Eric Liu Why ordinary people need to understand power
Far too many Americans are illiterate in power — what it is, how it operates and why some people have it. As a result, those few who do understand power wield disproportionate influence over everyone else. “We need to make civics sexy again,” says civics educator Eric Liu. “As sexy as it was during the American Revolution or the Civil Rights Movement.”
Srdja Popovic How to topple a dictator
People-powered resistance: can it work? Srdja Popovic led the nonviolent movement that took down Milosevic in Serbia in 2000; he lays out the plans, skills and tools that a people-powered movement needs — from nonviolent tactics to a sense of humor.
Alessandra Orofino It’s our city. Let’s fix it
Too often, people feel checked out of politics — even at the level of their own city. But urban activist Alessandra Orofino thinks that can change, using a mix of tech and old-fashioned human connection. Sharing examples from her hometown of Rio, she says: "It is up to us to decide whether we want schools or parking lots, recycling projects or construction sites, cars or buses, loneliness or solidarity."
Omar Ahmad Political change with pen and paper
Want your local politician to pay attention to an issue you care about? Send a monthly handwritten letter, says former mayor Omar Ahmad — it's more effective than email, phone, or even writing a check. He shares four steps to writing a letter that works.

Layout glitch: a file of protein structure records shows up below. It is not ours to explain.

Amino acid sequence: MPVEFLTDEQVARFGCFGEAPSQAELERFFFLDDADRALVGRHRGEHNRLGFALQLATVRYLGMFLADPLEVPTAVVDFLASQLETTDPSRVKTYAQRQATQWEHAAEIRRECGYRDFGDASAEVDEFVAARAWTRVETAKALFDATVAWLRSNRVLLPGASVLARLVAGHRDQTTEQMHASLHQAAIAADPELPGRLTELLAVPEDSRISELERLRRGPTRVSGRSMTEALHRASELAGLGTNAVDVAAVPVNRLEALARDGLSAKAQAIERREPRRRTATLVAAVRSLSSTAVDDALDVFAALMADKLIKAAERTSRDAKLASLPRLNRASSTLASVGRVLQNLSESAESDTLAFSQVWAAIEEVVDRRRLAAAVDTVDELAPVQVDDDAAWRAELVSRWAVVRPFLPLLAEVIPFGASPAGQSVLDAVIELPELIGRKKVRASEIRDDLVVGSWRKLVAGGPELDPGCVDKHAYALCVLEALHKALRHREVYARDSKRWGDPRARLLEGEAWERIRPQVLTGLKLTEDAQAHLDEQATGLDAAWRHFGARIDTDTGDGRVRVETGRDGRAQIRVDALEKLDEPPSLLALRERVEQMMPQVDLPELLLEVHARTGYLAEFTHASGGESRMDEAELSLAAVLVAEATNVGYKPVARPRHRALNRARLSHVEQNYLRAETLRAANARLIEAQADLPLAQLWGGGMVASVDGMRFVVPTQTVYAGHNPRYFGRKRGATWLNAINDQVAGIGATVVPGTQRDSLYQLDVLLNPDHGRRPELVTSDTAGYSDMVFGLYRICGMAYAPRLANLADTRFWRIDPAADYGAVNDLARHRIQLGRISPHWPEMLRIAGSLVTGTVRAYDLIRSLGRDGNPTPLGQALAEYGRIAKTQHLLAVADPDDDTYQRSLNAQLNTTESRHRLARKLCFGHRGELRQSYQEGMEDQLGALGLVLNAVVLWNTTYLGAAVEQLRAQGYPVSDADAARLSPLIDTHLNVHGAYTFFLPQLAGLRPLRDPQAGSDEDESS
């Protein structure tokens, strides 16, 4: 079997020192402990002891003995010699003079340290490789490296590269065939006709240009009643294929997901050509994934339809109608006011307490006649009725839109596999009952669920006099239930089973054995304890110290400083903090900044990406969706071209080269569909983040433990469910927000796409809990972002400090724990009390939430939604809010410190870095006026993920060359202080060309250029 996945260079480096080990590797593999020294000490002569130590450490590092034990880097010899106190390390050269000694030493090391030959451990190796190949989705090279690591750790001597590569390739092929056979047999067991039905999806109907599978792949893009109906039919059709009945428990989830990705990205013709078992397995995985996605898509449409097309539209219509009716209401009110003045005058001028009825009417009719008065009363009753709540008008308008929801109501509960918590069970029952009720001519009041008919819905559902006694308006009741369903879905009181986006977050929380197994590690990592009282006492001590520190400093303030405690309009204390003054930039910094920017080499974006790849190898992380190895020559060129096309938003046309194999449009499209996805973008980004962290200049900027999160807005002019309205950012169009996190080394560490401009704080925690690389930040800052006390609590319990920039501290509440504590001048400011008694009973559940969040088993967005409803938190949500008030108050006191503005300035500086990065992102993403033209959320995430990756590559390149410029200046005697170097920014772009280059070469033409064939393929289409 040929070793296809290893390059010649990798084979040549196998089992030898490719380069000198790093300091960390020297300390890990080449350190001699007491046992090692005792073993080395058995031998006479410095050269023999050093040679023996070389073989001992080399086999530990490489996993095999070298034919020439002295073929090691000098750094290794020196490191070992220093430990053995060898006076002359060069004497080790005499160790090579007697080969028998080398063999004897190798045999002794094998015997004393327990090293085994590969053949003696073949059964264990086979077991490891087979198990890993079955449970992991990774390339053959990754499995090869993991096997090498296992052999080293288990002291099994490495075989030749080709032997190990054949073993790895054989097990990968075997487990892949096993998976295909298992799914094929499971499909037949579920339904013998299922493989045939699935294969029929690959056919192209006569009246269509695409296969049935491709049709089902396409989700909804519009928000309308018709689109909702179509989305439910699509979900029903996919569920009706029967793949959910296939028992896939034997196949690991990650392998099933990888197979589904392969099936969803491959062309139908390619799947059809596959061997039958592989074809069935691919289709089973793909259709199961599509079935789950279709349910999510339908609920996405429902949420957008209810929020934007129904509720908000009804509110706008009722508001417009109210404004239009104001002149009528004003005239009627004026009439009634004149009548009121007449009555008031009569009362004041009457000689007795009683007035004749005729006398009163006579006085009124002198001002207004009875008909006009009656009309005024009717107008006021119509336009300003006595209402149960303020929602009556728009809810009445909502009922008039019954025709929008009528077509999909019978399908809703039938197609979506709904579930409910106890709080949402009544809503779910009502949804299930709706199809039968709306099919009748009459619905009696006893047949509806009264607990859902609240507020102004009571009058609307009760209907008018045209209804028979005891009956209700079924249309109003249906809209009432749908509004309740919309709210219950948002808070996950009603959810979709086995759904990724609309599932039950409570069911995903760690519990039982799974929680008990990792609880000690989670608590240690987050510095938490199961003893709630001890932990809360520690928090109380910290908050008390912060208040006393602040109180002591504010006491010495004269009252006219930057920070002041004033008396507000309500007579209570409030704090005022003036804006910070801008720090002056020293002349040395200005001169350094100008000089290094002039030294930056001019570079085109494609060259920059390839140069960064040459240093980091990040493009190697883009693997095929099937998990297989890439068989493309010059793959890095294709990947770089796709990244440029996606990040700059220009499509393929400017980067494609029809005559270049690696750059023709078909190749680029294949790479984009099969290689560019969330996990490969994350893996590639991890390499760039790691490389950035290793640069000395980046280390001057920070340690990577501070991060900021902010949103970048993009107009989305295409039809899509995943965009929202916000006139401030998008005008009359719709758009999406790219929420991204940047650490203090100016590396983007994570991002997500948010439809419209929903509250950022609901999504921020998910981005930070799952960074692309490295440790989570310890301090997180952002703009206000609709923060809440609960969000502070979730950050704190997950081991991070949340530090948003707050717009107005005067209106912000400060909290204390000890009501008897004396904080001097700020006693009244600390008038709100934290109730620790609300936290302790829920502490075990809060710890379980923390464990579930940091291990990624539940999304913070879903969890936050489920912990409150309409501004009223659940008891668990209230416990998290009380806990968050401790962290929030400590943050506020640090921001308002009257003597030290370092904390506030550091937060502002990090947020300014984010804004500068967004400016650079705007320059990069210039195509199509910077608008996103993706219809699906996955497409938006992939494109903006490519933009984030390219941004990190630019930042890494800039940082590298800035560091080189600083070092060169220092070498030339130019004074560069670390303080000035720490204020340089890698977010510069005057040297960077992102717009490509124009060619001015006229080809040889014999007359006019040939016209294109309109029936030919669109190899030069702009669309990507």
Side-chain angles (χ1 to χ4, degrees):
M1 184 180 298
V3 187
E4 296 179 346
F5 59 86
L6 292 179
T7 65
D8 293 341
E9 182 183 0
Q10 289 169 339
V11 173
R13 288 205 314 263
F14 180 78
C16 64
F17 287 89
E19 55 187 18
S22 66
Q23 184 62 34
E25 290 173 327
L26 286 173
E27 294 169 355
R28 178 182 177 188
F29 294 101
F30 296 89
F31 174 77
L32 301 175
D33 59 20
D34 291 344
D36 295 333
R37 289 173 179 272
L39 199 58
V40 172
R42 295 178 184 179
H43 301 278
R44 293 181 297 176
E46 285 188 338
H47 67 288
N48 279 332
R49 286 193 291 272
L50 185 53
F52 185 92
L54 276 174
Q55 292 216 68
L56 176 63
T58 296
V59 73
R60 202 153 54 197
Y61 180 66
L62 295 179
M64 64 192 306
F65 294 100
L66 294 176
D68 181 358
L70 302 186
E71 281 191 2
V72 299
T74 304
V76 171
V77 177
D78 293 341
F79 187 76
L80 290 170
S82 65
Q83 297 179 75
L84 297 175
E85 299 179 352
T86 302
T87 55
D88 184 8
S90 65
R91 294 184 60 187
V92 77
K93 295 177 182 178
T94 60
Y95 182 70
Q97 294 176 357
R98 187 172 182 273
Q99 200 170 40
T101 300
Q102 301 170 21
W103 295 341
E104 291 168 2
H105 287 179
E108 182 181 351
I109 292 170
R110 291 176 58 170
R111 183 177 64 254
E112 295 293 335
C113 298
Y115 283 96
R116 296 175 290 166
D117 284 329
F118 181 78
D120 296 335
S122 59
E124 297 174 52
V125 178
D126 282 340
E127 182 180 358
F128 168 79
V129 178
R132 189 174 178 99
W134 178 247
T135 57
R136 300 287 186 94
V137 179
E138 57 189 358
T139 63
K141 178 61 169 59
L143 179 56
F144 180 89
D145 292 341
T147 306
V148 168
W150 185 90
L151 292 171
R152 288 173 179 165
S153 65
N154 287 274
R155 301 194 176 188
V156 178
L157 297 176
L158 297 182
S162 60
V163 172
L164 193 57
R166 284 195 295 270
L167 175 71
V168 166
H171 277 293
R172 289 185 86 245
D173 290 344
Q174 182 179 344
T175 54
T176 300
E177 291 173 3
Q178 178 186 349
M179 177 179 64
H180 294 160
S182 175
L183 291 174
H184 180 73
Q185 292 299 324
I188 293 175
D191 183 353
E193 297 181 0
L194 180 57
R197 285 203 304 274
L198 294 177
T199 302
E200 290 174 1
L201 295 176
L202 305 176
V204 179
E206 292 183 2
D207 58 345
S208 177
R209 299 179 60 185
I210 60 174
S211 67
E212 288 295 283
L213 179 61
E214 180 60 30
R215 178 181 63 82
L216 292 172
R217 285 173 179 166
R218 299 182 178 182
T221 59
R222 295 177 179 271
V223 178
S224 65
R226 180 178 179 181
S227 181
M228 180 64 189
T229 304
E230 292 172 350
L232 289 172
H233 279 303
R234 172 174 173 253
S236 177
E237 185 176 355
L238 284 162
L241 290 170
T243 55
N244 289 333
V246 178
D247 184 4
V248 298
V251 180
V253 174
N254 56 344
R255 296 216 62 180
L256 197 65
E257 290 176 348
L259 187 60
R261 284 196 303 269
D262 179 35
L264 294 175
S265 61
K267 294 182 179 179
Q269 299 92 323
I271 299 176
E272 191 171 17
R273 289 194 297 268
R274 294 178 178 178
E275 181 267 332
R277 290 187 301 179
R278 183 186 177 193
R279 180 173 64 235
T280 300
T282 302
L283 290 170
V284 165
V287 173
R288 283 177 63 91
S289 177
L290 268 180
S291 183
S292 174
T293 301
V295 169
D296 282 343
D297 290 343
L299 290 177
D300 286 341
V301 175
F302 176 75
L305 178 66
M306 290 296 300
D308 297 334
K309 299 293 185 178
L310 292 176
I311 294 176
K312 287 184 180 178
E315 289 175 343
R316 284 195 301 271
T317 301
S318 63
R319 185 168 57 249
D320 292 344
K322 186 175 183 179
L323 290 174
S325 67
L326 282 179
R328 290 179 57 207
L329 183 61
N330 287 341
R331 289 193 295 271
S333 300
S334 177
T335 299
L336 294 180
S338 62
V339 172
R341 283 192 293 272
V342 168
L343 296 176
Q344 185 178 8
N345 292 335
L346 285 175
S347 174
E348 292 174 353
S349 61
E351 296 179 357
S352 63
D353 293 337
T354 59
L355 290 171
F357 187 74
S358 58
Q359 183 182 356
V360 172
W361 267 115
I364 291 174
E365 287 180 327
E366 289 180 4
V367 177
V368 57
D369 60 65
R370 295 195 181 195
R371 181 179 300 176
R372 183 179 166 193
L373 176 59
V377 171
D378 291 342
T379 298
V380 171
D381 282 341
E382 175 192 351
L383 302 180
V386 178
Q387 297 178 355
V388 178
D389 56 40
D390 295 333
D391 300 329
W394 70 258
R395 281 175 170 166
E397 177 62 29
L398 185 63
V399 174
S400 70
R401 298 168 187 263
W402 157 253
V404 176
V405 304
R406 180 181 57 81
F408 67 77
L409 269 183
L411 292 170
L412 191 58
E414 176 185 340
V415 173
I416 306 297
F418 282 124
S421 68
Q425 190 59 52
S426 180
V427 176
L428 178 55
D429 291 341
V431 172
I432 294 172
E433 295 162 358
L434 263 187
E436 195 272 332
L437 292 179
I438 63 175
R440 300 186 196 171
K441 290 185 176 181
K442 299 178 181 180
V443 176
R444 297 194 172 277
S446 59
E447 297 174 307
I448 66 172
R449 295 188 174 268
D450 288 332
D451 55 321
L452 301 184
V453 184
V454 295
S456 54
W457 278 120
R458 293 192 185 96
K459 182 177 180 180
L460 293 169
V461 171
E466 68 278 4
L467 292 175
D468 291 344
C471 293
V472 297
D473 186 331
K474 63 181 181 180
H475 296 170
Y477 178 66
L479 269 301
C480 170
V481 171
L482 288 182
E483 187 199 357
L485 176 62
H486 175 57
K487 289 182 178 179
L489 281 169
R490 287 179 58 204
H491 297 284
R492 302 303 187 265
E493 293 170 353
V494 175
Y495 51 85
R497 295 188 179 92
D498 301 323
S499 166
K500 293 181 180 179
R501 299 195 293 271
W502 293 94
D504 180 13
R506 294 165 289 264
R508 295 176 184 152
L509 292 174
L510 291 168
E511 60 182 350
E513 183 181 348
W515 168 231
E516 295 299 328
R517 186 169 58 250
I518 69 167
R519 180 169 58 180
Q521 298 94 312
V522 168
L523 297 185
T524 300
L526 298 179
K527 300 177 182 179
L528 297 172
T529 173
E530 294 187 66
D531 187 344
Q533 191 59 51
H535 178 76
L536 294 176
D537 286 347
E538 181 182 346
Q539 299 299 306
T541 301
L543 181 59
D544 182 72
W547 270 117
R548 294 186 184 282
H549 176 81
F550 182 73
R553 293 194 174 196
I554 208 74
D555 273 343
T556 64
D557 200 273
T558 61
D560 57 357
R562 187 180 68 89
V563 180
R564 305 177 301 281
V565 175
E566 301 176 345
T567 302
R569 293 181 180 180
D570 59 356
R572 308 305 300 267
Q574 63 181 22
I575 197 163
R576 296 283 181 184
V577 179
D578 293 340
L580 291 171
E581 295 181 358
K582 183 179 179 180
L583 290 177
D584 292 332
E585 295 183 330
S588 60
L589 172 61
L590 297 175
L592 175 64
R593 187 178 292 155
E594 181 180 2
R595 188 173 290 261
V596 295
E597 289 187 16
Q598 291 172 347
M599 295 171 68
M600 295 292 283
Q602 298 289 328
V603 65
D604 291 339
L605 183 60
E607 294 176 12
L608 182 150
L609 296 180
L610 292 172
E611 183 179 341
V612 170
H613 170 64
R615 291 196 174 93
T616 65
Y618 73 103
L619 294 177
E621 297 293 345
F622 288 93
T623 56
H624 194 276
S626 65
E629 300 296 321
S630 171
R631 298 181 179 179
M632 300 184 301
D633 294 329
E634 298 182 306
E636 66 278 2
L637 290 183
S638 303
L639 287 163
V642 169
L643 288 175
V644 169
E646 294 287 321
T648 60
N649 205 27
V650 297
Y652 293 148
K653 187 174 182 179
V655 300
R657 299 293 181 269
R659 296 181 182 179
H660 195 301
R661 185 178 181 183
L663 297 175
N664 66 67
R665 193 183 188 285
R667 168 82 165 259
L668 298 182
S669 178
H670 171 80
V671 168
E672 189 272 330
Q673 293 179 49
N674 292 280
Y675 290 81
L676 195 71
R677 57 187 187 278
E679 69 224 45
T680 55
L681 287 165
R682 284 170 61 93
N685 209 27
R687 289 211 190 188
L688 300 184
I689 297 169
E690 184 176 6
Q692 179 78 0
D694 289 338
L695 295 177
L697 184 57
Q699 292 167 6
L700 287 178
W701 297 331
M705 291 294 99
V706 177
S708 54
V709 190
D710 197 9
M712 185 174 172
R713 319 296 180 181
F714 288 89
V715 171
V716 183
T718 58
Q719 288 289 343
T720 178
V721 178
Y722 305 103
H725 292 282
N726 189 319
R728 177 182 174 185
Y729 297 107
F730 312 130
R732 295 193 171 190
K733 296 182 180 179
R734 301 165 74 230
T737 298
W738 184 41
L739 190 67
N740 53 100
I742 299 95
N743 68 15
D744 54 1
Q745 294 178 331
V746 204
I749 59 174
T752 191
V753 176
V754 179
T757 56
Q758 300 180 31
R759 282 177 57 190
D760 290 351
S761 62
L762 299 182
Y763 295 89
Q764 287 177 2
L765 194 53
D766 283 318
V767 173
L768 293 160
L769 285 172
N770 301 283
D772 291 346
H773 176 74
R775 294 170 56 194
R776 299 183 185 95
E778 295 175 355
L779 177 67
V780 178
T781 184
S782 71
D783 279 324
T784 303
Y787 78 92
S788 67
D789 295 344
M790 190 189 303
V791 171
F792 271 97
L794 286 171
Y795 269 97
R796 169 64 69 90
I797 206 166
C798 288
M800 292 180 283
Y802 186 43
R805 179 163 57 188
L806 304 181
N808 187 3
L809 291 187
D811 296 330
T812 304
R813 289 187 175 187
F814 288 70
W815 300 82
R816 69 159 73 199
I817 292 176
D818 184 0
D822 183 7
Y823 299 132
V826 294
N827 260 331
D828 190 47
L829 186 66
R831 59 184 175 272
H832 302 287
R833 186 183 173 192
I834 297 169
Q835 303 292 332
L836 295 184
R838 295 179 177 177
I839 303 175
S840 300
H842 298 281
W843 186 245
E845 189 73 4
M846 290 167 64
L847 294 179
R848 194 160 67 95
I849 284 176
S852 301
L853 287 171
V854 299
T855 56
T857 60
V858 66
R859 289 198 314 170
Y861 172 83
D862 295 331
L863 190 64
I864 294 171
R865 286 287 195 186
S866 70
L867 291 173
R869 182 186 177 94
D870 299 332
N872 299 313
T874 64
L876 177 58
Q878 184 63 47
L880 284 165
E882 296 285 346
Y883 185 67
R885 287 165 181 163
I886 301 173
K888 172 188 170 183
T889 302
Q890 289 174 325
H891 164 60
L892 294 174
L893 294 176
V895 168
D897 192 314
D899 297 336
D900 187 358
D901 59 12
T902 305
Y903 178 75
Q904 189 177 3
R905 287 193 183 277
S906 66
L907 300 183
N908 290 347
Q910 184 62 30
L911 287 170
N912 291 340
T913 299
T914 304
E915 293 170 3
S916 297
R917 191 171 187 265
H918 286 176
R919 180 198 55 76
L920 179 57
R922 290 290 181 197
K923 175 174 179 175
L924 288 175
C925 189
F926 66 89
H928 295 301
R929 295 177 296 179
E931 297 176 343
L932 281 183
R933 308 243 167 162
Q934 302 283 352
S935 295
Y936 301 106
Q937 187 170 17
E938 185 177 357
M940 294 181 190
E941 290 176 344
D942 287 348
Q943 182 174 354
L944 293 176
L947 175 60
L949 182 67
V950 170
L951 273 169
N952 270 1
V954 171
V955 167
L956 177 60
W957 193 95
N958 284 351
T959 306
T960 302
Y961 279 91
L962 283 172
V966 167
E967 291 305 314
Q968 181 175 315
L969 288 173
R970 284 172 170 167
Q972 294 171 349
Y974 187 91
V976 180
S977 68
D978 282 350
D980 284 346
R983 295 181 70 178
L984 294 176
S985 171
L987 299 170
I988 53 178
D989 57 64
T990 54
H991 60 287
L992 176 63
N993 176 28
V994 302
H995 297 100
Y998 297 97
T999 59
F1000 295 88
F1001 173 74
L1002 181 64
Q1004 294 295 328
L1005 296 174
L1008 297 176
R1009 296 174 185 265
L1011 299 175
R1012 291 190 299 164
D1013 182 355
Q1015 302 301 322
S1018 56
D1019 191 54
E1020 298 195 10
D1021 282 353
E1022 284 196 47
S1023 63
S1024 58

Dave Meslin The antidote to apathy
Local politics — schools, zoning, council elections — hit us where we live. So why don't more of us actually get involved? Is it apathy? Dave Meslin says no. He identifies 7 barriers that keep us from taking part in our communities, even when we truly care.
Ron Finley A guerilla gardener in South Central LA
Ron Finley plants vegetable gardens in South Central LA — in abandoned lots, traffic medians, along the curbs. Why? For fun, for defiance, for beauty and to offer some alternative to fast food in a community where "the drive-thrus are killing more people than the drive-bys."
Beth Noveck Demand a more open-source government
What can governments learn from the open-data revolution? In this stirring talk, Beth Noveck, the former deputy CTO at the White House, shares a vision of practical openness — connecting bureaucracies to citizens, sharing data, creating a truly participatory democracy. Imagine the "writable society" ...
Jeremy Heimans What new power looks like
We can see the power of distributed, crowd-sourced business models every day — witness Uber, Kickstarter, Airbnb. But veteran online activist Jeremy Heimans asks: When does that kind of "new power" start to work in politics? His surprising answer: Sooner than you think. It’s a bold argument about the future of politics and power; watch and see if you agree.